Will McChrystal stay or go?... There are downsides for Obama with either scenario… The intense focus on McChrystal has turned Washington's attention to the war's shortcomings… Michael Hastings as William Miller in "Almost Famous"… Ken Salazar's new moratorium… No real surprises on Super Runoff Tuesday -- Haley wins in SC, Marshall wins in NC, and Lee (in a minor upset) wins in UT… Also, Inglis becomes the fifth incumbent to lose this cycle, as well as another TARP victim… McCain hits Hayworth in new TV ad on infomercial-gate… And American Crossroads' poor fundraising.
From Chuck Todd, Mark Murray, Domenico Montanaro, and Ali Weinberg
*** Will he stay or will he go? According to NBC's Jim Miklaszewski, Gen. Stanley McChrystal arrived at the Pentagon earlier this morning, before his meeting later today at the White House with President Obama and his national security team. When Mik asked the general if he offered his resignation, McChrystal replied, "Come on, you know better than that. No!" Of course, no one is sure what Obama will decide to do after this morning's meeting, but it's clear that the president is facing a no-win situation. The downsides to keeping McChrystal: it would create the perception that it damages the chain of command and civilian authority over the military; it would raise doubts about Obama's toughness (a spate of "Is Obama tough enough" columns are probably just a "click send" away); and it could hurt troop morale (if McChrystal is saying these things about the administration, what would the troops think of the White House?). But if Obama decides to keep him, it will be because the president believes it will damage the war effort.
*** A no-win situation: Here are the downsides to firing McChrystal: it would force Obama to scramble to find another general; it would re-open the entire debate over Afghanistan; and it would probably embolden opponents of the current Afghan strategy (one which the president is "completely invested in" as an aide re-emphasized to us yesterday). But if Obama does fire him, it will be because the president believes this is the final straw for McChrystal (after the Pat Tillman controversy and the general's previous criticisms of the administration). Yet whatever Obama decides, we guarantee this: This will become a chapter in every book about Obama's presidency. It is a giant moment. In fact, you could argue that everything that has happened in the past three months -- the Gulf spill, Europe's economic problems, the Arizona immigration law -- all deserve their own chapters.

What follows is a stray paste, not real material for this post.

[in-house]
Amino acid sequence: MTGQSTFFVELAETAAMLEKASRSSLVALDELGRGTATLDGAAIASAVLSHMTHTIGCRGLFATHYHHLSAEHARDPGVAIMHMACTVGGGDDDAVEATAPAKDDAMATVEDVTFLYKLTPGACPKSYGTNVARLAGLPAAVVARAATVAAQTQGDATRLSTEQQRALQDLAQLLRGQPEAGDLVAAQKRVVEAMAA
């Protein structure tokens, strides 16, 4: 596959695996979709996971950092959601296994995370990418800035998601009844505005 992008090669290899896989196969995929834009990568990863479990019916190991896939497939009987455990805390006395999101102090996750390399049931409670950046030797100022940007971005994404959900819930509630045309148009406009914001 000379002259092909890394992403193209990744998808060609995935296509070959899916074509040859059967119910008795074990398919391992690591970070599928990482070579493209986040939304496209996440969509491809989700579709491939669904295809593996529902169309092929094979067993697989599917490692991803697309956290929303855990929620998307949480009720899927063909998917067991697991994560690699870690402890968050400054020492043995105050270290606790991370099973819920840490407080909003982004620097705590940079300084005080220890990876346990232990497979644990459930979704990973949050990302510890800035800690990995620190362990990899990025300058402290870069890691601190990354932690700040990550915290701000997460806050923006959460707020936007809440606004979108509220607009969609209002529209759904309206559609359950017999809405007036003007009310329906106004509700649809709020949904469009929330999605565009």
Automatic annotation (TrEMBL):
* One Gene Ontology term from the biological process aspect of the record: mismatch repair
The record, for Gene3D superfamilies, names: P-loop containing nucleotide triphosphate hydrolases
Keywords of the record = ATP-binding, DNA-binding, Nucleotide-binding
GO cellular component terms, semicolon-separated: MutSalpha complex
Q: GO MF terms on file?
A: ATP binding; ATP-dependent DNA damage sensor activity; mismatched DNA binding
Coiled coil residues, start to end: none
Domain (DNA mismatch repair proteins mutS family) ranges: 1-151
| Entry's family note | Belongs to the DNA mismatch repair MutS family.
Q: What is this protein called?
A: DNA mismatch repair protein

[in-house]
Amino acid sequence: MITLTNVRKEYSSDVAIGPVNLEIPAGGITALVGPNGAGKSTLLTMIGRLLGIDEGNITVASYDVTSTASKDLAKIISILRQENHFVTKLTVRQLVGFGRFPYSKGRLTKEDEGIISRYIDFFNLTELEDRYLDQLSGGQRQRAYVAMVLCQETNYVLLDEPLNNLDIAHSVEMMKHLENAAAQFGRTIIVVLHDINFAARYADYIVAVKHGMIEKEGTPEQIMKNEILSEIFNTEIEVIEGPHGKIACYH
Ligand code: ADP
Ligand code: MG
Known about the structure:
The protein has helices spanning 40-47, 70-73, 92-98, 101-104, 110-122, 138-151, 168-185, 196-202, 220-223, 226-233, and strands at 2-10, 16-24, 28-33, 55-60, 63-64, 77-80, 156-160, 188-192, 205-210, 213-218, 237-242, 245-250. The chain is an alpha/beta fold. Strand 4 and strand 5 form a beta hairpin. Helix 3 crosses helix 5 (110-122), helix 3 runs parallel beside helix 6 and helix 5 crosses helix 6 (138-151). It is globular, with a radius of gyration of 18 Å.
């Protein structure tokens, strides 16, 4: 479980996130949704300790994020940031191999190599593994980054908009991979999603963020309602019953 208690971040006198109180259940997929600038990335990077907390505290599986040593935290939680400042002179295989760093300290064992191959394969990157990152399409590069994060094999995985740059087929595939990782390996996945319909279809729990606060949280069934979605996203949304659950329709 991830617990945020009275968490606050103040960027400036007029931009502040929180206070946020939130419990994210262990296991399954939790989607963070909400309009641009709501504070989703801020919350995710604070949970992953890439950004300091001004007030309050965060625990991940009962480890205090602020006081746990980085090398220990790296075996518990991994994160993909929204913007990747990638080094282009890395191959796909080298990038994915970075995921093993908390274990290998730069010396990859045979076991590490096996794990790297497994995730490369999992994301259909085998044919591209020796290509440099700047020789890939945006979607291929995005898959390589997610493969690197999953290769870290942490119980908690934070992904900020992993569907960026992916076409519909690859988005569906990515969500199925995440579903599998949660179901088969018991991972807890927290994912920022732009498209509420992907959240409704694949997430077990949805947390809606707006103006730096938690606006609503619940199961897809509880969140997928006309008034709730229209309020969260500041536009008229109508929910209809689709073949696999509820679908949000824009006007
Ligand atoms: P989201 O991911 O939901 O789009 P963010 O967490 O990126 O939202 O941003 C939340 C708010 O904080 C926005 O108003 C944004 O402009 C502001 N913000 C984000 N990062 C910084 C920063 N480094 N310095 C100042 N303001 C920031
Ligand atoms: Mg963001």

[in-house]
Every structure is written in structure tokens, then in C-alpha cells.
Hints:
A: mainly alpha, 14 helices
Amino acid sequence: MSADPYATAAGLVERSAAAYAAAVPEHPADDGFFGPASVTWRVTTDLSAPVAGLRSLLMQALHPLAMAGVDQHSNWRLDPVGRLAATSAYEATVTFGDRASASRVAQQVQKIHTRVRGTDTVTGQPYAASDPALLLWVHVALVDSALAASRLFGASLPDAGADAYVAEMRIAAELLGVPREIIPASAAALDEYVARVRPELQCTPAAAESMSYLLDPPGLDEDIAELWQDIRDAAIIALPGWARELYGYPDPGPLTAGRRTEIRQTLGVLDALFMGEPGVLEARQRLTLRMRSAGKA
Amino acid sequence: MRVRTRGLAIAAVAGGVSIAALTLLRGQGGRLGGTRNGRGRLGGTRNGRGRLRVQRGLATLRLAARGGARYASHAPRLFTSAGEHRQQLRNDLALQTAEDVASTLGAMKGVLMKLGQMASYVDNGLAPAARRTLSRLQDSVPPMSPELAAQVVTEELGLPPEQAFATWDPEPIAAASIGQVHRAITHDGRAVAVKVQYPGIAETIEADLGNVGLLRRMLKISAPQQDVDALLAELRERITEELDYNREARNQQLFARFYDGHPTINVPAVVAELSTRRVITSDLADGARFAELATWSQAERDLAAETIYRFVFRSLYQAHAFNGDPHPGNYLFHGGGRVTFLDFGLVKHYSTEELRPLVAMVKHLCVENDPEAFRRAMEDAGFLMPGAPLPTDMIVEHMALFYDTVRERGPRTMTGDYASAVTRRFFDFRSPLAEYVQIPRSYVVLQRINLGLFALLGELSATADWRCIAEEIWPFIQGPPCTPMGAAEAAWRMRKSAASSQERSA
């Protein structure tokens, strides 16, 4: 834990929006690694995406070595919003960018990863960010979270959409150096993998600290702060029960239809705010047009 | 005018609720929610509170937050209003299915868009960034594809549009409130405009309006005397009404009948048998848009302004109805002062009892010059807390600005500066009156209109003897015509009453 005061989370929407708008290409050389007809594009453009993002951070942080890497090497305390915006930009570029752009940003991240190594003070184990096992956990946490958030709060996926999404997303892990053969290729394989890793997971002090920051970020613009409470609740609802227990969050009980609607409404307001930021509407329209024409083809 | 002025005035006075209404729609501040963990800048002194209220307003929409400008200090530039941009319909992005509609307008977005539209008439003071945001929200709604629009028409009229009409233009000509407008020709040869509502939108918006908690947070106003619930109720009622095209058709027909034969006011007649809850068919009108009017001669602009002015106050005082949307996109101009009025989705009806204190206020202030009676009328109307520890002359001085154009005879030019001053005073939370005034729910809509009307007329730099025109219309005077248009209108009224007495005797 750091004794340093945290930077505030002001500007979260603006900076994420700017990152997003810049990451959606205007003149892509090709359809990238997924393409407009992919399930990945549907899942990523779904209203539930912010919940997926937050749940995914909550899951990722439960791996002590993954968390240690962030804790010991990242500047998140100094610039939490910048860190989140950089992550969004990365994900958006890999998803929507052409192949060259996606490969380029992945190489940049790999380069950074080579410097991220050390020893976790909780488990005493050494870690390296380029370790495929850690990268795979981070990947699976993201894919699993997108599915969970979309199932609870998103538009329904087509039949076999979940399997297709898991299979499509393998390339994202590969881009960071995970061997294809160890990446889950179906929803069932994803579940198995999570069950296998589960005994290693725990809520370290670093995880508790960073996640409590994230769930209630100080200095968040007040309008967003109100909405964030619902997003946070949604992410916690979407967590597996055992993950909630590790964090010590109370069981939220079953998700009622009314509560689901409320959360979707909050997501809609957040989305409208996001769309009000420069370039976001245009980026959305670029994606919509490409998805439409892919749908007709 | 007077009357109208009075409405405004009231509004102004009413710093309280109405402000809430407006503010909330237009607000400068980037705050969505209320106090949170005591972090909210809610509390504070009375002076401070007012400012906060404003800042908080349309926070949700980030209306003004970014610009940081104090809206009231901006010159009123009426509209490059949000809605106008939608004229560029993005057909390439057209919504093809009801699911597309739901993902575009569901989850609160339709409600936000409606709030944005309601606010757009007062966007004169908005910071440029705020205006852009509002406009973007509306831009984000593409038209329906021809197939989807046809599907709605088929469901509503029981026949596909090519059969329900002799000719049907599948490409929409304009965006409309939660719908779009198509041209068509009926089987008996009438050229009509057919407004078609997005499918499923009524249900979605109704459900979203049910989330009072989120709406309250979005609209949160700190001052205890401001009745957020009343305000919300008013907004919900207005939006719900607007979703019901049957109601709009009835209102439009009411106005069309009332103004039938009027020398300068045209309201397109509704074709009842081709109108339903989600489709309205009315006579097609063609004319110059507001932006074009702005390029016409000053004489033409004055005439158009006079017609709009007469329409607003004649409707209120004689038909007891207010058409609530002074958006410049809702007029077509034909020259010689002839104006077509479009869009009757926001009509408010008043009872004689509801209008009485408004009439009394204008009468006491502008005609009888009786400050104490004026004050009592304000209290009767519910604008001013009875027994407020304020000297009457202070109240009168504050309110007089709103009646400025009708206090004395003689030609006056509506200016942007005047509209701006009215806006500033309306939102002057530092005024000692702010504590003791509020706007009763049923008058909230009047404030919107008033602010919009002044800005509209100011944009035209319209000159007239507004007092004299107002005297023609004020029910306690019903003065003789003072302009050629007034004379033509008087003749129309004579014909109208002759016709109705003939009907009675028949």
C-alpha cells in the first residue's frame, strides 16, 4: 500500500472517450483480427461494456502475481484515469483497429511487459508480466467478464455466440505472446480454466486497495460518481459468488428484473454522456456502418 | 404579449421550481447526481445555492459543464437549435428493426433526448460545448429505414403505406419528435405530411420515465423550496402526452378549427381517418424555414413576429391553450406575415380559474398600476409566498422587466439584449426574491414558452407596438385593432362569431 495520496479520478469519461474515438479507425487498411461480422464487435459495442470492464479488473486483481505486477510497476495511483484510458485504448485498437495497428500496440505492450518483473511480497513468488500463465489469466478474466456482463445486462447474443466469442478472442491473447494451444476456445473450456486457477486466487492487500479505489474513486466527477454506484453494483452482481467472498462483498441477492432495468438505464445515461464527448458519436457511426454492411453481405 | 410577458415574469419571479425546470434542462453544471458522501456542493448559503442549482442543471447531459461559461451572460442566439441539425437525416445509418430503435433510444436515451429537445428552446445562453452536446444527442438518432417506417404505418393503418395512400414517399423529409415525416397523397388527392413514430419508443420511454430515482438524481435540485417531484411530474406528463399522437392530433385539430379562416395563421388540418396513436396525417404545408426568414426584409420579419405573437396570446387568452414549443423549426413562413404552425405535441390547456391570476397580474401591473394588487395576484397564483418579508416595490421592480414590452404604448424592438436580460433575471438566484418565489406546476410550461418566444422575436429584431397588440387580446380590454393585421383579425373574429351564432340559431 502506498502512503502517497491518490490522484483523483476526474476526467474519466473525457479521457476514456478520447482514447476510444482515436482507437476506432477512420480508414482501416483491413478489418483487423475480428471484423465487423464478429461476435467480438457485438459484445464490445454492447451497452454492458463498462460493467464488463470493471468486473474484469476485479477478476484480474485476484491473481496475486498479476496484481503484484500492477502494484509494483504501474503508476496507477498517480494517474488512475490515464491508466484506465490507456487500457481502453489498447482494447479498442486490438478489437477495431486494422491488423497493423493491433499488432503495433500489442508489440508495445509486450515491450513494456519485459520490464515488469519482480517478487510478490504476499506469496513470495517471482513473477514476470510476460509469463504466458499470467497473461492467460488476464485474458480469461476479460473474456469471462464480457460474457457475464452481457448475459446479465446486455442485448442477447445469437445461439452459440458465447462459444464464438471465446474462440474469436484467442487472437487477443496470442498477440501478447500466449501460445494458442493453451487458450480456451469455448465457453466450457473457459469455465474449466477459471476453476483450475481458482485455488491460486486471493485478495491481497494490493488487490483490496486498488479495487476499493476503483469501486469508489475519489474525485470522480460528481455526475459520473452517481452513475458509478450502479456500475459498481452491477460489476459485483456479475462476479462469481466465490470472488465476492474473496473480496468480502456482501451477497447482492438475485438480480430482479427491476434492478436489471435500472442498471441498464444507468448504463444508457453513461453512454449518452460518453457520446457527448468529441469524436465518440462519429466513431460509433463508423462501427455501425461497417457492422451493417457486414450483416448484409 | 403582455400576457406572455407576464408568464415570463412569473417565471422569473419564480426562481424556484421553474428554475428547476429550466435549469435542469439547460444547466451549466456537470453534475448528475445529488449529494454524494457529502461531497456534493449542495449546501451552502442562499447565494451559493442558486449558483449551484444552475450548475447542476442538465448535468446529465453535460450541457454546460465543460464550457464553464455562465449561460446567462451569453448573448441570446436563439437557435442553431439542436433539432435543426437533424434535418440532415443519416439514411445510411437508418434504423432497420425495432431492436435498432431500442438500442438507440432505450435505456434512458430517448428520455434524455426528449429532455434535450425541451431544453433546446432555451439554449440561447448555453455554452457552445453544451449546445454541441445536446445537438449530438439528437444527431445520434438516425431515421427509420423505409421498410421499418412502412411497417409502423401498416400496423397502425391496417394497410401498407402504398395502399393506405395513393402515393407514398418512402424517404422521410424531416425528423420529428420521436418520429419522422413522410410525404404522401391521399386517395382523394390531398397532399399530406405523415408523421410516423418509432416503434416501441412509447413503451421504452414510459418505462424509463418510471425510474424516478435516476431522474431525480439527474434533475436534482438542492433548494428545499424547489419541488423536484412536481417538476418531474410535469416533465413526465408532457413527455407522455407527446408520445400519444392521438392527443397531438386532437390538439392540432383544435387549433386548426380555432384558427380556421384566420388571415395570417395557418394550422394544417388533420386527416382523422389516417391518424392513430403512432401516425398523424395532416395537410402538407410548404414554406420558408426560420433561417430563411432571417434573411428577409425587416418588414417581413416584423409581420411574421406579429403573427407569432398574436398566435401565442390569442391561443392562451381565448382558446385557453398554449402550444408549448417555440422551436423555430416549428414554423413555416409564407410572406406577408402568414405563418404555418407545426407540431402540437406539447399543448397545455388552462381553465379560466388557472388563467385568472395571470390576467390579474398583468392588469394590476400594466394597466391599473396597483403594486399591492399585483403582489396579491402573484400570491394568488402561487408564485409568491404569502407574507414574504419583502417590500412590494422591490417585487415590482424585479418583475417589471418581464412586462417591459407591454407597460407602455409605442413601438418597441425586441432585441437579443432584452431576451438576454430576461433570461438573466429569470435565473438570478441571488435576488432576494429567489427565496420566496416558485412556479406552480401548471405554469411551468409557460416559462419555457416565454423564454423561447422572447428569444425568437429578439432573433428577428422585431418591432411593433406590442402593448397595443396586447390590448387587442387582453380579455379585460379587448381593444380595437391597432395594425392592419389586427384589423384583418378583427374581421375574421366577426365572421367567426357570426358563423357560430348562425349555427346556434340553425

*** When the 'good' war goes 'bad': As we predicted, all the focus on McChrystal and the Rolling Stone article forced the chattering class -- which had been fixated on the Gulf spill, the economy, and the midterms -- to turn its attention to the administration's policy in Afghanistan. And the result isn't pretty. Politico says the controversy is "a reminder of just how badly Barack Obama's 'good war' in Afghanistan is going." Maureen Dowd calls it "just another sign of the complete incoherence of Afghan policy. The people in charge are divided against each other. And the policy is divided against itself." And here's Tom Friedman: "The ugly truth is that no one in the Obama White House wanted this Afghan surge. The only reason they proceeded was because no one knew how to get out of it — or had the courage to pull the plug."
*** Almost Famous? On a lighter note, does anyone else see the similarities between Michael Hastings' piece in Rolling Stone and the movie "Almost Famous"? You have a freelance journalist working for Rolling Stone who gets accidentally embedded with his subject; the journalist ends up staying with the subject longer than originally planned; and the journalist ends up writing a juicy story that causes a stir and gets the subject in trouble. The only thing missing is this current story is someone proclaiming, "I AM A GOLDEN GOD!" Of course, maybe McChrystal or his aides did say something similar during those Bud Light Lime benders… By the way, Bud Light Lime? Really? Who knows, maybe the entire White House team will come out singing Tiny Dancer after today's Afghanistan-strategy meeting.